Glazer family to sell Man Utd? Not after £15m a year dividend

Rumours that United's American owners are about to sell are countered by news of a £15m-a-year pay-out to the family

Glazer family
Avram (left) and Joel Glazer, co-chairmen of Manchester United
(Image credit: Michael Regan/Getty)

It has been reported that the owners of Manchester United, the American Glazer family, could sell the club after the true cost of David Moyes's disaterous reign at Old Trafford was revealed.

United did not qualify for the Champions League last season and the result was a fall in income of £38m and a loss of £1.2m.

According to The Times, the figures will leave some members of the family less enamoured of the club. "There has been talk from industry insiders for some time that the Glazer family are split on continuing to own the company," says the paper.

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Since the death of Malcolm Glazer last year, the family have sold a 20 per cent stake in the club and "bankers close to Manchester United say daughter Darcie, backed by brothers Edward and Kevin, are happy to sell altogether", reports the Times. However, "Joel, Avram and Bryan Glazer are said to want to hold an investment that has been a huge success financially for the family and, which until recently, was doing well on the pitch".

Another factor that may dissuade the family from selling is their decision to award a dividend on the shares, which will result in a £15m annual payment to the six Glazer siblings.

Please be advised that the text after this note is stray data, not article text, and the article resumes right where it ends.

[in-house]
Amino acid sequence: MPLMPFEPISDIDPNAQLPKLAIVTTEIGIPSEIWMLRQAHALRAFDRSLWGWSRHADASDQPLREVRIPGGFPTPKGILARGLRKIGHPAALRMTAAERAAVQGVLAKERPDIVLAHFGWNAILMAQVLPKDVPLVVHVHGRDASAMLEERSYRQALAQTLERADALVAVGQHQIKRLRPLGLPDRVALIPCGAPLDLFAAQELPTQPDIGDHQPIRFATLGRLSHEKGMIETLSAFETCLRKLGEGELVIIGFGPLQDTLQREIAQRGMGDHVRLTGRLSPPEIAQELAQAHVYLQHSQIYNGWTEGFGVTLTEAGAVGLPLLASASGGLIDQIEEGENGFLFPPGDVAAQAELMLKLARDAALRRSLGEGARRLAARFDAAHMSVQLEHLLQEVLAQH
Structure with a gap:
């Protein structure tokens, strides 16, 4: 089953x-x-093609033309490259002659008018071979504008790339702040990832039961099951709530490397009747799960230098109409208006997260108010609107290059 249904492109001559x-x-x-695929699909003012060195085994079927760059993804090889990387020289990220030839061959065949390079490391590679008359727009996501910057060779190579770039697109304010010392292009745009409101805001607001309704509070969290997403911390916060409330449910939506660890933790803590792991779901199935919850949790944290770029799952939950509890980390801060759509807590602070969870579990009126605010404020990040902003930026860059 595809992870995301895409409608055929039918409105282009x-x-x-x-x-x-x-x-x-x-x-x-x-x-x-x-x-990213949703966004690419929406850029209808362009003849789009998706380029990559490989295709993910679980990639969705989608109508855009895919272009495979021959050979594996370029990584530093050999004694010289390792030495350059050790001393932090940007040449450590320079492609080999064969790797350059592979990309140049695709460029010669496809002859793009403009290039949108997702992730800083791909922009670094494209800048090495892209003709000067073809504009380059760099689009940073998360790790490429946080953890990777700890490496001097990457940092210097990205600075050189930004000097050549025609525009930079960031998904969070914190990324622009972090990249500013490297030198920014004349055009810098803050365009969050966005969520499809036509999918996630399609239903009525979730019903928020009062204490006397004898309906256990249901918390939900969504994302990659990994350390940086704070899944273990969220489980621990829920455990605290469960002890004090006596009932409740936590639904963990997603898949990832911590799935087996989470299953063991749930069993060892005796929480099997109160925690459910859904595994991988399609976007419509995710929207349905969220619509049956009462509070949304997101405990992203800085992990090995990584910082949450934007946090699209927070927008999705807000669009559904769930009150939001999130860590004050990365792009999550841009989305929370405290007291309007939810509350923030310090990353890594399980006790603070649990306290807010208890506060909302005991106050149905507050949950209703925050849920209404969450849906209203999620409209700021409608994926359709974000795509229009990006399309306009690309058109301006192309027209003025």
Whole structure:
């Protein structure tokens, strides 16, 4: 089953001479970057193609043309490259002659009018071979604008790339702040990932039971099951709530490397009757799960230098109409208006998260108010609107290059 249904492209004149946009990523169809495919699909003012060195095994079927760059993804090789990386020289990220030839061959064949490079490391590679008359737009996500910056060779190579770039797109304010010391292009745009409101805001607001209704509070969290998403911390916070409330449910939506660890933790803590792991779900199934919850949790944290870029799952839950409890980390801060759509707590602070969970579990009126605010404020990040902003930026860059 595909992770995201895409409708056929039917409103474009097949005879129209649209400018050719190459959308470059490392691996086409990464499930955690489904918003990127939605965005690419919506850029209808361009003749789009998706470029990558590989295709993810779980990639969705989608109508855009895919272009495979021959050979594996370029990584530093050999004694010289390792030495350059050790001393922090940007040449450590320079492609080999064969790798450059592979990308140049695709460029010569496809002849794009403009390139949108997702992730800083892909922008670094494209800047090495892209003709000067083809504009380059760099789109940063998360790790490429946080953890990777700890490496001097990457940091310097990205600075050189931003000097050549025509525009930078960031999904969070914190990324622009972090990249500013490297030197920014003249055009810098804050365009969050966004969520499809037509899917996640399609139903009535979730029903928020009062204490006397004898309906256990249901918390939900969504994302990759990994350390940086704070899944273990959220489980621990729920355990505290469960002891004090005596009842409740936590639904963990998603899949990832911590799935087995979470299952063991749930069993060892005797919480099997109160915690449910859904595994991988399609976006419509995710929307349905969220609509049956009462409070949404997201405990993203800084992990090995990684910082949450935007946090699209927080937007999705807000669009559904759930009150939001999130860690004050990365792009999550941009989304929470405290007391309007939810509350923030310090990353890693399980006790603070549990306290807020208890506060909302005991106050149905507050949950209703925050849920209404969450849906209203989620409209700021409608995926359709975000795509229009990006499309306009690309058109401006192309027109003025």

"The five sons and one daughter of the late Malcolm Glazer... will be paid $3.9m (£2.5m) each annually as the majority shareholders," says The Guardian. "The decision to pay the dividend, the first since the Glazer family floated the club on the New York stock exchange in 2012, was, the company said, made by the board, on which all six of the Glazer siblings sit."

And any impetus to sell may soon evaporate. There have been "predictions of record income and underlying profits in 2016", adds the Guardian.

News of the dividend has not gone down well with fans, who are angry about the way the Glazers have run the club. "This is rubbing salt into the wound," Manchester United Supporters' Trust vice-chairman Sean Bones told the BBC. "Profits from the club should go back into it.

"They are sitting on an asset worth £2bn, which still has debts of over £400m, yet are now milking it for even more. How greedy can you get?"

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